Proposal: Allow for a level up for 1st level PCs in a Tier 1-2 Module


Pathfinder Society

Sovereign Court 5/5 Venture-Captain, West Virginia—Charleston aka Netopalis

In my time on these boards, I've seen several complaints about Thornkeep, Godsmouth Heresy and Crypt of the Everflame being a bit unfair to parties of 1st-level characters, as those characters are supposed to level up halfway through those modules. The problem arises when the 1st-level party goes up against a boss designed for 2nd-level PCs. Given the huge power difference between 1st and 2nd level, this is a serious problem.

Therefore, I recommend that PFS allow for 1st level PCs to take the level advancement early in Tier 1-2 modules, to make playing those a more realistic choice for newer players. The time spent to level up shouldn't be a serious issue, given the ease of going from 1 to 2.

RPG Superstar 2013 Top 16

Eh, you might think it's easy to level a character from 1 to 2, but I recently had to scrap my local game so I could spend about 2 or 3 hours handholding 3 players through the process.

Sovereign Court 5/5 Venture-Captain, West Virginia—Charleston aka Netopalis

Perhaps it could be a temporary level, with the option to rebuild after?

5/5 Venture-Agent, California—San Francisco Bay Area North & East aka Pirate Rob

While I'm against leveling characters mid module, even temporarily, there is a problem with playing modules in PFS when everybody is playing up, and the difficulty rises in the final act.

This problem is especially prevalent in level 1-2 modules because of their replayable nature at level 1. As an example if you're playing Carrion Hill (a level 5 module) with a group of level 4 PCs. You shouldn't be especially surprised to be smacked by something dangerous towards the end. You're all playing up, will receive greater than average rewards and hopefully understand the danger.

The 1-2 scenarios are not as obvious because it seems natural to play them with level 1 characters, some of this is due to the replay rule.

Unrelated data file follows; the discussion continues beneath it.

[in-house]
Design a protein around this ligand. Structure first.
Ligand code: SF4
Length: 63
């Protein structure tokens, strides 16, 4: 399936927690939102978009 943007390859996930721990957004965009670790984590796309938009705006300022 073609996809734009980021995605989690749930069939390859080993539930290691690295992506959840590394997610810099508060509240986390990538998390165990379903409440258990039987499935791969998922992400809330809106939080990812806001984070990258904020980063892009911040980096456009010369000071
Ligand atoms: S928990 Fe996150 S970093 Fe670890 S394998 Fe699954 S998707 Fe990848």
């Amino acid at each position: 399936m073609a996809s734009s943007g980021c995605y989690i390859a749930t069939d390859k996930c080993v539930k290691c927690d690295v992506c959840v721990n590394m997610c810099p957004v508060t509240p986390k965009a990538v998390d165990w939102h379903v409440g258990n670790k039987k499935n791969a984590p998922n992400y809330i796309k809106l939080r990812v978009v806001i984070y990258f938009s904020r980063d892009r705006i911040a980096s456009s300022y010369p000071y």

Bad Solution:
What if we changed the modules to be level 1-3, effectively saying that the appropriate level to play them at is 2 rather than 1.

It would remove the ability to replay them but would change the average expected party level up.

This is probably not a good solution.

5/5 ⦵⦵⦵

I think its easier to just be aware of the differences in power level and plan around them.


Pirate Rob wrote:

.

This problem is especially prevalent in level 1-2 modules because of their replayable nature at level 1. As an example if you're playing Carrion Hill (a level 5 module) with a group of level 4 PCs. You shouldn't be especially surprised to be smacked by something dangerous towards the end. You're all playing up, will receive greater than average rewards and hopefully understand the danger.

This is not a good example, because carrion hill does not specifically say you are going to level up in the middle of the module.

This is for modules that expect you to level up mid module, which you cannot in PFS play. Modules are much harder than scenarios, so I support being able to level up characters temporarily mid module if the module calls for it


Tier 1-2 modules--except WBG, obvii--aren't designed for beginners. Nor are they designed for PFS. People should be aware of what they're getting into if the GM is doing his job. (If he isn't, that's a separate problem.)

Sovereign Court 5/5 Venture-Captain, West Virginia—Charleston aka Netopalis

I've seen these modules repeatedly offered as examples of great newbie adventures.

The Exchange RPG Superstar 2010 Top 16

I would draw a distinction. "Godsmouth Heresy" and "Crypt of the Everflame" (and "Murder's Mark") are great adventures for new players when run as they were intended. Run under Pathfinder Society rules, particularly at conventions, not so much. You point to one element -- characters don't advance to 2nd level during the adventure -- but there are others as well: the tight time frame, the lack of outside resources to buy for treasure found in the early parts of the adventure, the inability for the GM to alter the encounters for the particular strengths and weaknesses of the party.

Silver Crusade

Netopalis wrote:
I've seen these modules repeatedly offered as examples of great newbie adventures.

They ARE great adventures for new characters. To a lesser extent, they are great adventures for new players. They are NOT great adventures for new GMs, I think.